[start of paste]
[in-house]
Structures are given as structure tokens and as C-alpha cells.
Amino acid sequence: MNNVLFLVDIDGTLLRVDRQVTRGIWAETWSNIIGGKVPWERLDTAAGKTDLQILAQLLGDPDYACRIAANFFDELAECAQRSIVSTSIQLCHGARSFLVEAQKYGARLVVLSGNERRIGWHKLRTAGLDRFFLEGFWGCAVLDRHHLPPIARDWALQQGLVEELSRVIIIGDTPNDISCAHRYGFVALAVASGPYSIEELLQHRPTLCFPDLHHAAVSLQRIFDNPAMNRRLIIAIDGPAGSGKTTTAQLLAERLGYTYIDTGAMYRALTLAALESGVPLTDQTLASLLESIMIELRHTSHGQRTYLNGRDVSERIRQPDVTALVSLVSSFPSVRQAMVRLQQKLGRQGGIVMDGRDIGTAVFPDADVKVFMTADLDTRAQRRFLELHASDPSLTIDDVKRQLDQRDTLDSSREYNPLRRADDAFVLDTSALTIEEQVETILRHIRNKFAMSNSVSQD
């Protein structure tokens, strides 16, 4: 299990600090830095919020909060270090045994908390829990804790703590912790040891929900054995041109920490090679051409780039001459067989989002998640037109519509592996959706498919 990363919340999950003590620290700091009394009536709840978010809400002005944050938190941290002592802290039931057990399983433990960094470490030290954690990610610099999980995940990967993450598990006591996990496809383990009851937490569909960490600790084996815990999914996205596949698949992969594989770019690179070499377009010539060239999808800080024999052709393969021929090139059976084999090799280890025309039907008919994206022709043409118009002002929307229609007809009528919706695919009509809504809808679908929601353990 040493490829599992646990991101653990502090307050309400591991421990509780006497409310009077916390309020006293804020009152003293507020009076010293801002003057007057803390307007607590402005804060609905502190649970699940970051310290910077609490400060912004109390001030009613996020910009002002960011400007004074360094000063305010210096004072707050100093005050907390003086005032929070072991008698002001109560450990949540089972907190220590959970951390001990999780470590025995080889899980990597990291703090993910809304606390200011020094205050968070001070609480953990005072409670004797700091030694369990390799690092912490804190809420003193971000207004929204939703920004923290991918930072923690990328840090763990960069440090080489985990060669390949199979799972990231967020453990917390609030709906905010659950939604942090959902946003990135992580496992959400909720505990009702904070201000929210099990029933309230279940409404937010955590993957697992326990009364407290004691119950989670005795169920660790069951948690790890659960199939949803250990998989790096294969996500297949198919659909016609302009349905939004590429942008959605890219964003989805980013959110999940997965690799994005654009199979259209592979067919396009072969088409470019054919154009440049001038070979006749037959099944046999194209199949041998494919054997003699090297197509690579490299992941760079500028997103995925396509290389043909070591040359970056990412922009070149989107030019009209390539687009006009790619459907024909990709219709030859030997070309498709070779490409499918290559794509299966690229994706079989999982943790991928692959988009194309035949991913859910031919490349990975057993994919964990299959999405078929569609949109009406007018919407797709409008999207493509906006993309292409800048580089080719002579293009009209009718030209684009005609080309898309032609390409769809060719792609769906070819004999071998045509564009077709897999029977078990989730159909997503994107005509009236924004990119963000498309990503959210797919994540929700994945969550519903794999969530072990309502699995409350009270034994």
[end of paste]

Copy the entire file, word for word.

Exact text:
[in-house]
Structures are given as structure tokens and as C-alpha cells.
Amino acid sequence: MNNVLFLVDIDGTLLRVDRQVTRGIWAETWSNIIGGKVPWERLDTAAGKTDLQILAQLLGDPDYACRIAANFFDELAECAQRSIVSTSIQLCHGARSFLVEAQKYGARLVVLSGNERRIGWHKLRTAGLDRFFLEGFWGCAVLDRHHLPPIARDWALQQGLVEELSRVIIIGDTPNDISCAHRYGFVALAVASGPYSIEELLQHRPTLCFPDLHHAAVSLQRIFDNPAMNRRLIIAIDGPAGSGKTTTAQLLAERLGYTYIDTGAMYRALTLAALESGVPLTDQTLASLLESIMIELRHTSHGQRTYLNGRDVSERIRQPDVTALVSLVSSFPSVRQAMVRLQQKLGRQGGIVMDGRDIGTAVFPDADVKVFMTADLDTRAQRRFLELHASDPSLTIDDVKRQLDQRDTLDSSREYNPLRRADDAFVLDTSALTIEEQVETILRHIRNKFAMSNSVSQD
């Protein structure tokens, strides 16, 4: 299990600090830095919020909060270090045994908390829990804790703590912790040891929900054995041109920490090679051409780039001459067989989002998640037109519509592996959706498919 990363919340999950003590620290700091009394009536709840978010809400002005944050938190941290002592802290039931057990399983433990960094470490030290954690990610610099999980995940990967993450598990006591996990496809383990009851937490569909960490600790084996815990999914996205596949698949992969594989770019690179070499377009010539060239999808800080024999052709393969021929090139059976084999090799280890025309039907008919994206022709043409118009002002929307229609007809009528919706695919009509809504809808679908929601353990 040493490829599992646990991101653990502090307050309400591991421990509780006497409310009077916390309020006293804020009152003293507020009076010293801002003057007057803390307007607590402005804060609905502190649970699940970051310290910077609490400060912004109390001030009613996020910009002002960011400007004074360094000063305010210096004072707050100093005050907390003086005032929070072991008698002001109560450990949540089972907190220590959970951390001990999780470590025995080889899980990597990291703090993910809304606390200011020094205050968070001070609480953990005072409670004797700091030694369990390799690092912490804190809420003193971000207004929204939703920004923290991918930072923690990328840090763990960069440090080489985990060669390949199979799972990231967020453990917390609030709906905010659950939604942090959902946003990135992580496992959400909720505990009702904070201000929210099990029933309230279940409404937010955590993957697992326990009364407290004691119950989670005795169920660790069951948690790890659960199939949803250990998989790096294969996500297949198919659909016609302009349905939004590429942008959605890219964003989805980013959110999940997965690799994005654009199979259209592979067919396009072969088409470019054919154009440049001038070979006749037959099944046999194209199949041998494919054997003699090297197509690579490299992941760079500028997103995925396509290389043909070591040359970056990412922009070149989107030019009209390539687009006009790619459907024909990709219709030859030997070309498709070779490409499918290559794509299966690229994706079989999982943790991928692959988009194309035949991913859910031919490349990975057993994919964990299959999405078929569609949109009406007018919407797709409008999207493509906006993309292409800048580089080719002579293009009209009718030209684009005609080309898309032609390409769809060719792609769906070819004999071998045509564009077709897999029977078990989730159909997503994107005509009236924004990119963000498309990503959210797919994540929700994945969550519903794999969530072990309502699995409350009270034994």